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Inflation bonds get date extension

Mumbai, Dec. 30: The Reserve Bank of India today extended till March 31 the subscription date for inflation-indexed bonds that were pitched at the retail customers — an indication that the response to the new instrument has been tepid.

The inflation-indexed National Saving Securities-Cumulative (IINSS-C) had opened for subscription on December 23. It was slated to remain open till December 31, though the central bank had said that it could be closed before that date with prior notice.

The instrument has been primarily designed to protect retail savings from inflation and wean away individuals and households from the lure of gold, which has often been used as a hedge against inflation. It was, therefore, benchmarked against retail inflation.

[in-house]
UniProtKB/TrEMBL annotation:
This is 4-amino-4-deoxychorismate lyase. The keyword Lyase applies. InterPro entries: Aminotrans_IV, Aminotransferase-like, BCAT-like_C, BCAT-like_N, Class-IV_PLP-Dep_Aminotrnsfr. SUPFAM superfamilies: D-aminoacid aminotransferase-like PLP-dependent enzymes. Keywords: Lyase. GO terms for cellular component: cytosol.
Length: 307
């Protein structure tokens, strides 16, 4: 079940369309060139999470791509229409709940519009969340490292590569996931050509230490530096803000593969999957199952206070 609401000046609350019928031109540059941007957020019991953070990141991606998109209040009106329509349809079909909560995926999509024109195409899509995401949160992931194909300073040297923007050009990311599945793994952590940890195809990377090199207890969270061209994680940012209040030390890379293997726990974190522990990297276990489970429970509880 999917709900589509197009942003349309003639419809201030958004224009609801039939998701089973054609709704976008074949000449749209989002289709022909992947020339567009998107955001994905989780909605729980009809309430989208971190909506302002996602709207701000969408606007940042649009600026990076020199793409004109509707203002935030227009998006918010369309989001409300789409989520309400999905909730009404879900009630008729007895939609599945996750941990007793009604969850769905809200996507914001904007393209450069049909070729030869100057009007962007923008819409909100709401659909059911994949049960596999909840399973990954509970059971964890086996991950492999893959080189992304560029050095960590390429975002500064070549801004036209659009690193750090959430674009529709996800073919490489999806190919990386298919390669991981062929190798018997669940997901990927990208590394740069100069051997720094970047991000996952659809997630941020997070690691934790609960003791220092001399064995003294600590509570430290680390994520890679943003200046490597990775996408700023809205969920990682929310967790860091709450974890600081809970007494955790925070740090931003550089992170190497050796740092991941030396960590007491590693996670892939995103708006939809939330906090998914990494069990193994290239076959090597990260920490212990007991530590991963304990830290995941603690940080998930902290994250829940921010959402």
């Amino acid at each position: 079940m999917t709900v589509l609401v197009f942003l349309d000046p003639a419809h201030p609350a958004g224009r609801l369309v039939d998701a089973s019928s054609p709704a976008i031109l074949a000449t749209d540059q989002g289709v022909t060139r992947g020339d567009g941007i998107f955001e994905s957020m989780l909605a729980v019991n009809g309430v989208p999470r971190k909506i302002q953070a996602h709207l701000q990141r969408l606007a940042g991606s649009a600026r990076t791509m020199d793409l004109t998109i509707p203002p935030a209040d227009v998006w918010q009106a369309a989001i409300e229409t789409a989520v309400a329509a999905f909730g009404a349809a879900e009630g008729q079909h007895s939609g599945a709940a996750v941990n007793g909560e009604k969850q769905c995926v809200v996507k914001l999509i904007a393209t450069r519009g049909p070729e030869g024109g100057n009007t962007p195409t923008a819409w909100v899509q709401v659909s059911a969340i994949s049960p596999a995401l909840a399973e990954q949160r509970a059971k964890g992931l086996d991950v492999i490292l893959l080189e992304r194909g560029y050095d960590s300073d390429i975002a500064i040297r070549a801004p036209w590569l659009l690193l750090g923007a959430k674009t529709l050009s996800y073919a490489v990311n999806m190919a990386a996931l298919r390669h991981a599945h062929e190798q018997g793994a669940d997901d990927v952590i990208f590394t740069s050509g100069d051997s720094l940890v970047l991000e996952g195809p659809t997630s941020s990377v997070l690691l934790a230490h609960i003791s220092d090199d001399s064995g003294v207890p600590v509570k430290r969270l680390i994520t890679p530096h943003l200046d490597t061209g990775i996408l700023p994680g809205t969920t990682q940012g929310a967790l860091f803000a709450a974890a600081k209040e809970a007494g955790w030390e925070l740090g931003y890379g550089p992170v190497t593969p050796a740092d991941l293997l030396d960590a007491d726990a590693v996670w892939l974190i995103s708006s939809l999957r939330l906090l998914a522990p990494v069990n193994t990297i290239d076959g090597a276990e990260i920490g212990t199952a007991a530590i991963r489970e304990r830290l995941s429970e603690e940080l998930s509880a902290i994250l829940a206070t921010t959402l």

The RBI had announced the details of the bond last month. Interest rates offered on the bond consist of two parts: a fixed rate (1.5 per cent) and inflation rate based on the consumer price index (combined).

The face value of one security will be Rs 5,000. Retail individuals can invest a minimum sum of Rs 5,000 and can go up to Rs 5 lakh per annum.

The interest on the new bond will be calculated with reference to the CPI with a lag of three months. Thus, the final combined CPI for September will form the reference CPI for bonds issued in December. The retail inflation in September stood at 9.84 per cent. With the fixed rate at 1.5 per cent, the annualised interest rate stood at over 11 per cent.

Experts believe that the bonds provide a good investment option as the return is higher than that on fixed deposits. They believe that the response may have been poor because neither the banks nor the RBI has carried out an aggressive marketing campaign for the instrument.

These bonds were marketed through branches of the State Bank of India and its associate banks, nationalised banks and three private sector lenders — HDFC Bank Ltd, ICICI Bank Ltd and Axis Bank Ltd — apart from Stock Holding Corporation of India Ltd.

After these bonds were announced, experts had said that one of the drawbacks was that returns could be lower for those falling in the higher income tax bracket as there is no tax incentive for interest earned.

 
 
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